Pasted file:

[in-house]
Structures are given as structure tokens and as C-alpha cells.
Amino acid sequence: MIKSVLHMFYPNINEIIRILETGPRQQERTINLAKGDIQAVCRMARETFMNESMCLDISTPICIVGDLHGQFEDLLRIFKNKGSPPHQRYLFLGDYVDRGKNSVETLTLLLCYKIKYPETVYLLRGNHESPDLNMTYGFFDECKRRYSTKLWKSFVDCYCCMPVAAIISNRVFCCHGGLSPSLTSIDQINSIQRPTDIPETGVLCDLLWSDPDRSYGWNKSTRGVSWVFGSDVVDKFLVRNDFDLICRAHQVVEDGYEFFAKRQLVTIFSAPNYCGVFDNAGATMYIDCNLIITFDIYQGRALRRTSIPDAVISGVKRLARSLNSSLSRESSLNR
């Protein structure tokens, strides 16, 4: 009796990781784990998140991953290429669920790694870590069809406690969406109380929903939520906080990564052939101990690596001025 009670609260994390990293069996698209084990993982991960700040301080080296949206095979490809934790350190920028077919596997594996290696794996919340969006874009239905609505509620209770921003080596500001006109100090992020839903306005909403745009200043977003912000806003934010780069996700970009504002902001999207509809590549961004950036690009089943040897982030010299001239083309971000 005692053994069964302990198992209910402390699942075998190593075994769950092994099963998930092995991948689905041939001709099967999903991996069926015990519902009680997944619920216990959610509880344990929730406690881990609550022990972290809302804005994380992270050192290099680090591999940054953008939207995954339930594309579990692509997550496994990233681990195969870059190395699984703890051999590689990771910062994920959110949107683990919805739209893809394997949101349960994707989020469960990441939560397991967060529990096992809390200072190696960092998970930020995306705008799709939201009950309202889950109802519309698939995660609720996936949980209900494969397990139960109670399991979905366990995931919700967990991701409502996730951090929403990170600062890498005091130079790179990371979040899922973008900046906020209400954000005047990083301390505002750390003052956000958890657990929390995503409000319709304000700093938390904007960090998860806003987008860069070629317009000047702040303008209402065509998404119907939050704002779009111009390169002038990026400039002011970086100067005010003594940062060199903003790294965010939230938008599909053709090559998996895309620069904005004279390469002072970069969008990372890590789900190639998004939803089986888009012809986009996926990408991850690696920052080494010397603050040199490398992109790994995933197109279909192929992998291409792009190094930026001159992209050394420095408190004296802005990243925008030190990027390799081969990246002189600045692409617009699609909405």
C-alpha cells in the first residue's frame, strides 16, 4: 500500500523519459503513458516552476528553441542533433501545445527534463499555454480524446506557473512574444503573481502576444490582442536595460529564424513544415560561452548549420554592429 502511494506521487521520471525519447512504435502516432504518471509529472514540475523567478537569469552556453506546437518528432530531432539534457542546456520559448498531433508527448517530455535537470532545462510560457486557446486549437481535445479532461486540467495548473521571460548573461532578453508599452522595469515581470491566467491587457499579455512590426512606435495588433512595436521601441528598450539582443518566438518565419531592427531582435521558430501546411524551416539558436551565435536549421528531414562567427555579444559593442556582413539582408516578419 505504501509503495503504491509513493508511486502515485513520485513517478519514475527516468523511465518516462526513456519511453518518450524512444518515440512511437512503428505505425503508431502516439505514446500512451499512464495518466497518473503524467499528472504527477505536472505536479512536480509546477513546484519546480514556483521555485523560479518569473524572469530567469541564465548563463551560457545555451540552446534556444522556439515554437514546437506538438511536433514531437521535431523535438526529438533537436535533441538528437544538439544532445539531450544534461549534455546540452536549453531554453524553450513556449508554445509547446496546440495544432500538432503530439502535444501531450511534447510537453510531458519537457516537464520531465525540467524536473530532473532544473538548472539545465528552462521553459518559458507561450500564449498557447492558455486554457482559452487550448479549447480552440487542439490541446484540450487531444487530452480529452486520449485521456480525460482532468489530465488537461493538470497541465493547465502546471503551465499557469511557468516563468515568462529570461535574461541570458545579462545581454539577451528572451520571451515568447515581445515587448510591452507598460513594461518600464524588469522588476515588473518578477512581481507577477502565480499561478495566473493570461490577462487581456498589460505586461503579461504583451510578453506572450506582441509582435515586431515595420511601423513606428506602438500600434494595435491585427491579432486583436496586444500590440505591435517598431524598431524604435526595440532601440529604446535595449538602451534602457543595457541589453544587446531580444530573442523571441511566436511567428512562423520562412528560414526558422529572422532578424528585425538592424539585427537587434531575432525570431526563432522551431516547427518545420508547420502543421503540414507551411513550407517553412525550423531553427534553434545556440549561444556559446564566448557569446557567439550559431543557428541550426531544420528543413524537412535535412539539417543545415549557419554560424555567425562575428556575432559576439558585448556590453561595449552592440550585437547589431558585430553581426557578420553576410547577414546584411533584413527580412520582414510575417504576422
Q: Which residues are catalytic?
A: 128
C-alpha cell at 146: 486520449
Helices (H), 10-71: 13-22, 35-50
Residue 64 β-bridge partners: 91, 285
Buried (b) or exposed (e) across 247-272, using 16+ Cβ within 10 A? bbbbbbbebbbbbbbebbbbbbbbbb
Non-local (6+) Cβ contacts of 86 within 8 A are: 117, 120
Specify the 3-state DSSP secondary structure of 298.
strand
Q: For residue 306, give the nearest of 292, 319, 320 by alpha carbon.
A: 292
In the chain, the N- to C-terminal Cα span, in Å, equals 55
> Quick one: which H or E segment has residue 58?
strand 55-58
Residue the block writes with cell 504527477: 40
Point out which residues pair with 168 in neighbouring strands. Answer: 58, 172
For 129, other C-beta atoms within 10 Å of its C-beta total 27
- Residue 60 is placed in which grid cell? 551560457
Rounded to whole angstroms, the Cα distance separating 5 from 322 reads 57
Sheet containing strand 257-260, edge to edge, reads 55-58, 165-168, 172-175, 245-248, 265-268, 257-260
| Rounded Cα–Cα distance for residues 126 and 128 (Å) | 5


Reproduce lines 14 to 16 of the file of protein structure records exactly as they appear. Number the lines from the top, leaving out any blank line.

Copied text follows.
strand
Q: For residue 306, give the nearest of 292, 319, 320 by alpha carbon.
A: 292